Share with me your top ten!

As always comments, questions, thoughts, and shenanigans are always welcomed in the comment section! Or tweet me @kaityballgame!

Until next time... May the Force be with you!

Wednesday, January 4, 2017

The 2003 Clone Wars Microseries

In 2003, in between the releases of Episode II Attack of the Clones and Episode III Revenge of the Sith, Cartoon Network aired a microseries entitled the Clone Wars. While not the Clone Wars series that the Star Wars fandom now holds dearly to our hearts, which came later in 2008 and introduced the likes of fan favorites Ahsoka Tano and Captain Rex, the microseries has its redeeming qualities.

It was created by Genndy Tartakovsky; also the creator and/or director of Dexter's Lab, Samurai Jack, Hotel Transylvania, and more. Over its three season run, it resulted in twenty-five episodes. The first two seasons each episode lasted a whopping three to five minutes or so each, whereas the third season's episodes had a run time of twelve to fifteen minutes. The entire series comes in at just over two hours and can be found on YouTube.

(For whatever reason, this is missing the last like three minutes, so here that is.)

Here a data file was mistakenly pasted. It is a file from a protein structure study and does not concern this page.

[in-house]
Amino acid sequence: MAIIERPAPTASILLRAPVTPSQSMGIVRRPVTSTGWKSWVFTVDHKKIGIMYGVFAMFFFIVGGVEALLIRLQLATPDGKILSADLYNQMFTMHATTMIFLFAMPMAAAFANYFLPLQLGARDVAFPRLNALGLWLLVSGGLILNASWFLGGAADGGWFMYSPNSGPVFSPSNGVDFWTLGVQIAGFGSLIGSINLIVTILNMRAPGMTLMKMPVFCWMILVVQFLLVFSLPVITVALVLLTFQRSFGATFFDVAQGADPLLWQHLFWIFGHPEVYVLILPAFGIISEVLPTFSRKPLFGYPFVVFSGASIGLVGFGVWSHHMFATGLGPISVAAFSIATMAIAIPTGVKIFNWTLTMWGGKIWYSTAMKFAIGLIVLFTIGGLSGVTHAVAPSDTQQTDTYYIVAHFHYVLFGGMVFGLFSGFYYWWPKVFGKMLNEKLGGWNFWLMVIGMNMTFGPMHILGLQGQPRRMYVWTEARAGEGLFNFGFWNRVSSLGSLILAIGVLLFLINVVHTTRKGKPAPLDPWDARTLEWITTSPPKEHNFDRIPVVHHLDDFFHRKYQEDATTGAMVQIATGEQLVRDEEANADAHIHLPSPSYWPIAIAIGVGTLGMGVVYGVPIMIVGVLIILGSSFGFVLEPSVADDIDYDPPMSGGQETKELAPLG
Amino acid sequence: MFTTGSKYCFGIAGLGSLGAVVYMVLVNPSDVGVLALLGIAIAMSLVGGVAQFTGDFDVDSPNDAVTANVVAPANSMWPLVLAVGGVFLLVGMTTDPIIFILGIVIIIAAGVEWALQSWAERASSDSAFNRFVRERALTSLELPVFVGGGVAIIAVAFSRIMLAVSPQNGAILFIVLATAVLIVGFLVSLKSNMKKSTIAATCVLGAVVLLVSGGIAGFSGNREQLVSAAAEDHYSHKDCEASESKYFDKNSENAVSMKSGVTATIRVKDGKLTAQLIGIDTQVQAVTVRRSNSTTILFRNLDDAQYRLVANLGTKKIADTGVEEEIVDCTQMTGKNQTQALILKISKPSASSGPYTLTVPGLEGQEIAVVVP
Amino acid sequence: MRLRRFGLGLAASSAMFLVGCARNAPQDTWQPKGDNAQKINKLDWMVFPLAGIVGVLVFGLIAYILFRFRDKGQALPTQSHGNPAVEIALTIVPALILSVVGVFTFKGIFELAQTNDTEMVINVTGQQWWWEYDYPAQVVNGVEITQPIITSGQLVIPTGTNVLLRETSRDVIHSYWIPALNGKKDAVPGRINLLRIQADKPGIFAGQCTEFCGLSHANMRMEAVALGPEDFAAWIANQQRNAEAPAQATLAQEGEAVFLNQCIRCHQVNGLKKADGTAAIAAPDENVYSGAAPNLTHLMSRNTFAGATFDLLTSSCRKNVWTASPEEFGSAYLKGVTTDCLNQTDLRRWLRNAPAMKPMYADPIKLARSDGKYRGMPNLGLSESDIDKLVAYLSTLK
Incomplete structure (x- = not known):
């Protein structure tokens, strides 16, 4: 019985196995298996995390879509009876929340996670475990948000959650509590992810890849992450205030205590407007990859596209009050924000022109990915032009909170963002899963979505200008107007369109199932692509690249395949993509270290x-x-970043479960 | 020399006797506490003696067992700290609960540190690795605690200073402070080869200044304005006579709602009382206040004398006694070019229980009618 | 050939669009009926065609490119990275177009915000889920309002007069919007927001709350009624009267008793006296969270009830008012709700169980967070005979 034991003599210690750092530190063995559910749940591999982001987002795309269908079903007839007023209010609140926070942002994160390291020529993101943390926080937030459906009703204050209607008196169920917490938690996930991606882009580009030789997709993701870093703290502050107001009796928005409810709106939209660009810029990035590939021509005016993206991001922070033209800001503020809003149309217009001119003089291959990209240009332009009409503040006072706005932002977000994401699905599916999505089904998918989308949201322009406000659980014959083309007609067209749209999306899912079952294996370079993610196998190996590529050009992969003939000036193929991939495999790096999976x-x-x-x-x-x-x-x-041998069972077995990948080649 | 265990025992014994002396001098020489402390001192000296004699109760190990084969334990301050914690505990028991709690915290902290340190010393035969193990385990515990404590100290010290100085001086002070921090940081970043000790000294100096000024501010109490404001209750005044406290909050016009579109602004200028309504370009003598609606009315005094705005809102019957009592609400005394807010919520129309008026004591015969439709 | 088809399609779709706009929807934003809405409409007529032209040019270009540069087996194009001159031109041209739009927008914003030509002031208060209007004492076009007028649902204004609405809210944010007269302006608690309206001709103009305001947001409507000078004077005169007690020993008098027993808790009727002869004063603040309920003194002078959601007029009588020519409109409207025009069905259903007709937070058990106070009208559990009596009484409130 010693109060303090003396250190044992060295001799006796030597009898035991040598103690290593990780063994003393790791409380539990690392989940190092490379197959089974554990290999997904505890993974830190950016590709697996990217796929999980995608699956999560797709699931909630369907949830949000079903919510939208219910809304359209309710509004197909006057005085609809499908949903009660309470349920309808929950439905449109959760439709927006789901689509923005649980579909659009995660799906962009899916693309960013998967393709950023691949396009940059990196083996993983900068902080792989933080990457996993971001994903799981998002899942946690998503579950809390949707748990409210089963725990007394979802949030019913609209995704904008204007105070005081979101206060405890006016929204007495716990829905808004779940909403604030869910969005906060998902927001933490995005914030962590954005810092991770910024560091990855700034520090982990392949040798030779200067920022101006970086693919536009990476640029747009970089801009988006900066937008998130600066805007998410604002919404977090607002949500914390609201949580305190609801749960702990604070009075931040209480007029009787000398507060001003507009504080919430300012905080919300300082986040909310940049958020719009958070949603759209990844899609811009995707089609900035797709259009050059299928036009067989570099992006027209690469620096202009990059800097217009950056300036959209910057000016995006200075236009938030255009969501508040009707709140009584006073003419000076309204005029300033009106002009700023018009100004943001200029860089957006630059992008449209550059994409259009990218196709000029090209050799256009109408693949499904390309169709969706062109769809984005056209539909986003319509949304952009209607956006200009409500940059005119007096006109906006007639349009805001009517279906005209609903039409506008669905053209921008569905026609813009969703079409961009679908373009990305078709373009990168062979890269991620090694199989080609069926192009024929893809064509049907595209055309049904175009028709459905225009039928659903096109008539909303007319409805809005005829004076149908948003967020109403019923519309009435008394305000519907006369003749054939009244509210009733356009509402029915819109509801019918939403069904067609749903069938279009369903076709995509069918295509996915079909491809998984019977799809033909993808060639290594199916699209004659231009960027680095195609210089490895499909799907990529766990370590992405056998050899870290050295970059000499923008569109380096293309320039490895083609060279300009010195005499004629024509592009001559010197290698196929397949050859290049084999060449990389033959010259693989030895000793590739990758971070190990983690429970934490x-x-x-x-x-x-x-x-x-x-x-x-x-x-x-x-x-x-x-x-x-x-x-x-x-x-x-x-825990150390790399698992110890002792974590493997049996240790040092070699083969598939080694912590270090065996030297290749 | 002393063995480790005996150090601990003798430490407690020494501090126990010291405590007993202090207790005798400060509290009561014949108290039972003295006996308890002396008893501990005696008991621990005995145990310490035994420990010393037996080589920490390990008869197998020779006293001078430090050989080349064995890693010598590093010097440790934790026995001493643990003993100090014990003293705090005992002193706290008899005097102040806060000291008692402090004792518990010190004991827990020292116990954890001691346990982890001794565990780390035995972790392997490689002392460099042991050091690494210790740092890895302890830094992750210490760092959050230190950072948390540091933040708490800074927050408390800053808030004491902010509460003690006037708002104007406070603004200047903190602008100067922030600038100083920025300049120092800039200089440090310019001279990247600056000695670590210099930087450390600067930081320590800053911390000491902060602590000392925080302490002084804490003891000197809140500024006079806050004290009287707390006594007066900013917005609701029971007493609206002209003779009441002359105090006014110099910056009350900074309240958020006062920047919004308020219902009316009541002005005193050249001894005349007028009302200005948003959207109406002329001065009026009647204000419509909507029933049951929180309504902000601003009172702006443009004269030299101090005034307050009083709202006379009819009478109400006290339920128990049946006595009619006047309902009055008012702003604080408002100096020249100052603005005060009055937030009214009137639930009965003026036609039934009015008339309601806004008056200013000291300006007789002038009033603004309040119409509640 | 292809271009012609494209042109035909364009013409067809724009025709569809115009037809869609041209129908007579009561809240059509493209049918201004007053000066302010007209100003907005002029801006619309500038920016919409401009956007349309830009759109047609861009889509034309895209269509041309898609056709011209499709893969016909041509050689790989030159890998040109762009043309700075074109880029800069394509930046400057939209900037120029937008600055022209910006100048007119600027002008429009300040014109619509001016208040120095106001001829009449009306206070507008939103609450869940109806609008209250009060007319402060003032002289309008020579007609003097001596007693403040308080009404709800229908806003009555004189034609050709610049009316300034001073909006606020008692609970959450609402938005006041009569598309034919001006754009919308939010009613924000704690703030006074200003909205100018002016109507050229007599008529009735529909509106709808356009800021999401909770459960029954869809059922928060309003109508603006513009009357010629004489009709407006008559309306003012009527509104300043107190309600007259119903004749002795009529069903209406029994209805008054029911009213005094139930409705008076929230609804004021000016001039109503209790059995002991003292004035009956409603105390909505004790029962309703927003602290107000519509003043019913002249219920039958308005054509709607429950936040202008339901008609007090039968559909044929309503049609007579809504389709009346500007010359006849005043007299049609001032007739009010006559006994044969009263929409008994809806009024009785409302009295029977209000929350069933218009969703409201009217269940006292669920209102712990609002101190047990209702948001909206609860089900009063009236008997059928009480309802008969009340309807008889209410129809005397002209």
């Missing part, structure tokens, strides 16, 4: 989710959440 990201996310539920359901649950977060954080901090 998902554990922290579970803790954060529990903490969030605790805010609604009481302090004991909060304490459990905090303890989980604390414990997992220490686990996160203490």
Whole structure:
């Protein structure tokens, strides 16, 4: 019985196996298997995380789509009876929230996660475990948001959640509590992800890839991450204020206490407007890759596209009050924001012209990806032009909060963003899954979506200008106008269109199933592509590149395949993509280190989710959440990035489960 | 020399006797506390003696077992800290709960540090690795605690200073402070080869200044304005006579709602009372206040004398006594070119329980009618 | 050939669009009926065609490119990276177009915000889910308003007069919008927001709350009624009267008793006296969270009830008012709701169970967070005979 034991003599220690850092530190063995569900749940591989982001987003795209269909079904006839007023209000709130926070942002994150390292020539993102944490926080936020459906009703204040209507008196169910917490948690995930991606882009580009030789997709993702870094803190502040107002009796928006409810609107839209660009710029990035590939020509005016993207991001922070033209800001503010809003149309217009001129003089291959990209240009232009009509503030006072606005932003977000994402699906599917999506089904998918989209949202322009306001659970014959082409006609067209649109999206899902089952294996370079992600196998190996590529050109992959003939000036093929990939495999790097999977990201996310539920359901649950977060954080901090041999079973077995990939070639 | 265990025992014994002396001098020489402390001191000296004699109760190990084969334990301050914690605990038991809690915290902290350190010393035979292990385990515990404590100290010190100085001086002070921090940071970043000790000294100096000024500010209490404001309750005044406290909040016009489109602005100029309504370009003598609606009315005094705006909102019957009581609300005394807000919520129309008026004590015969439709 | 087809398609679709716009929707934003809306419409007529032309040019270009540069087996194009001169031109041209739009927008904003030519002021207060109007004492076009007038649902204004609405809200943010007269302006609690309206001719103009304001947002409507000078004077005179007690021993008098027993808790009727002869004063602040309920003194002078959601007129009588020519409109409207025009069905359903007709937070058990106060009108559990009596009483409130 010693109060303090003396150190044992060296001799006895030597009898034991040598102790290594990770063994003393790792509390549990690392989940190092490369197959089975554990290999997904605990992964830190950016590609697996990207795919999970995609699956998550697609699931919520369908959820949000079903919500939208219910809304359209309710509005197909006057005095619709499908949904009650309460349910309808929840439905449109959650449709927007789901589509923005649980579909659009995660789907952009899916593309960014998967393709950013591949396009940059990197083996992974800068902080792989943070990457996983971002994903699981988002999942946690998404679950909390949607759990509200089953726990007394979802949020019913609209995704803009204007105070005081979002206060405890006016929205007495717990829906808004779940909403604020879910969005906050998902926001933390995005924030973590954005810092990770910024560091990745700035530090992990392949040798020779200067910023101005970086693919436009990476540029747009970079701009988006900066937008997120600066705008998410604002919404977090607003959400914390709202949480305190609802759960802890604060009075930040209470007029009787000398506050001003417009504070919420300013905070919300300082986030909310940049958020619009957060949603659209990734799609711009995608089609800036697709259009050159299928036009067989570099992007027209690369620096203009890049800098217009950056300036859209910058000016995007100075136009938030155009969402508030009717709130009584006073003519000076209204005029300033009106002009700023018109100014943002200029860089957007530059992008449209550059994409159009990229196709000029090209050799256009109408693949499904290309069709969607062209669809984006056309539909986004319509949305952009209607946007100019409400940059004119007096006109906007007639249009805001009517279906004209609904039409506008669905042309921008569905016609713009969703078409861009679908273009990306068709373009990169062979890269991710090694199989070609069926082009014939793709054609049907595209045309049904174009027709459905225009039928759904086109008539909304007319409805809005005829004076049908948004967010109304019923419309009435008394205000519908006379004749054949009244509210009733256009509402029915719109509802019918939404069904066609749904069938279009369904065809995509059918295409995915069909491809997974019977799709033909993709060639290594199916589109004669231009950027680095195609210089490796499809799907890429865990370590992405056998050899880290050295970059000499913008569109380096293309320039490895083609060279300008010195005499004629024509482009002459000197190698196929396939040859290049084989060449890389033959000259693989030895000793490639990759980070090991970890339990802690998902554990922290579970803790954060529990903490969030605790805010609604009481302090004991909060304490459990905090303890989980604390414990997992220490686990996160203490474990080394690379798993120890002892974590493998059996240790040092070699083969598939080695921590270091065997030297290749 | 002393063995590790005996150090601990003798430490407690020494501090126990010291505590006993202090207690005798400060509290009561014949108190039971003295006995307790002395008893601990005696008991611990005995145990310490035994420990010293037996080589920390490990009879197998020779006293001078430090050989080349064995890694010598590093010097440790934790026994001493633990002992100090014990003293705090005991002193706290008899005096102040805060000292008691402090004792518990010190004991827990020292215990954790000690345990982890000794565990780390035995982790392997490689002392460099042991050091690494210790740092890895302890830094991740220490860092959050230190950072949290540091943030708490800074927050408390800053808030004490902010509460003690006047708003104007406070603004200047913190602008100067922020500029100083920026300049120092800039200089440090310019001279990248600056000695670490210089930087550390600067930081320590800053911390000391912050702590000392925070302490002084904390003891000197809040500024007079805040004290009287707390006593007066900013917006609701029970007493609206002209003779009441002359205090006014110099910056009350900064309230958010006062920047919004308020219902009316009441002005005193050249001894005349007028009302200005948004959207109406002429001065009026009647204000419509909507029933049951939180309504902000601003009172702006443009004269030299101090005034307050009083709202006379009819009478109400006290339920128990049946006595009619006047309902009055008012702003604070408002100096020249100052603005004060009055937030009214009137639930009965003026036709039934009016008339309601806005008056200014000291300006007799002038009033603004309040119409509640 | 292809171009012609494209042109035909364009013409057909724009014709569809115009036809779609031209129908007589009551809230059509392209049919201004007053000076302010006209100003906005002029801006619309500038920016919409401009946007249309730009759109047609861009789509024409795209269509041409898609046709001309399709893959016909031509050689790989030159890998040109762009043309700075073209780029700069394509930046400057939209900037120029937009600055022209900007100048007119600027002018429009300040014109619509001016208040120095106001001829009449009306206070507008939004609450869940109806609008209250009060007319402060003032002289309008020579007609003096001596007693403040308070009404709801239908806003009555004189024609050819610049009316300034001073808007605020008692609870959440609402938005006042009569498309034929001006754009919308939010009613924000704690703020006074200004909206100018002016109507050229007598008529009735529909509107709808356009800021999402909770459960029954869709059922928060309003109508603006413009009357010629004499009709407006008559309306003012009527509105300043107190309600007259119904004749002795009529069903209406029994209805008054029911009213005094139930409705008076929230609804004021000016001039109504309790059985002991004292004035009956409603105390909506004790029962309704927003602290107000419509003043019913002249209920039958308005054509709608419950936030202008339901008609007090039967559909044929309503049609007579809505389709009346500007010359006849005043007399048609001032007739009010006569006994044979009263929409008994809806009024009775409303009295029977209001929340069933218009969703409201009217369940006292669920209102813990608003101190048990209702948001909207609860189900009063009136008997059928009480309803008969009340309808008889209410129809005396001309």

The goal of the series was to show some of the long-discussed Clone Wars and to fill some gaps in between the two movies. I gave it a re-watch recently, as I haven't viewed it much since its original airing. I was blown away by how much it still holds up. I wrote two pages of notes, random observations and such. Some of them deeper than others, but a lot of them being things like "Kit Fisto!!" 

In a retrospect piece about the series with the show's creator, he spoke about how things changed as the series went on. (I very much recommend you reading the piece.) He gained more control from George Lucas with time. Initially they weren't given much to work with at all. So their goal was to drop you into various battles to show the severity of the war. This is one of their strengths, as early on it shows the Jedi's apprehension of being in the war. The tone of the episodes early on is much different from the later episodes. There is not a lot of dialogue and I was struck by how much silence could be felt throughout the episodes. As the series progressed, there was a bit more dialogue. The first season or so is very superficial but still delightful.

A few things in particular stuck out to me immediately. Anakin is much more Episode II Anakin and not just stylistically. He's whiny and brash. As the show evolves, so does Anakin. That is one thing that I really enjoy about this series. The 2008 Clone Wars Anakin sometimes leaves me wondering how he came so far between Episode II and the series, this series shows you more of that. In the same light, it shows the evolution of his relationship with Obi-Wan. At the start it is very much more master and apprentice, it then evolves to a more peer-like relationship. I don't particularly care for the stern Obi-Wan interpretation presented in this series.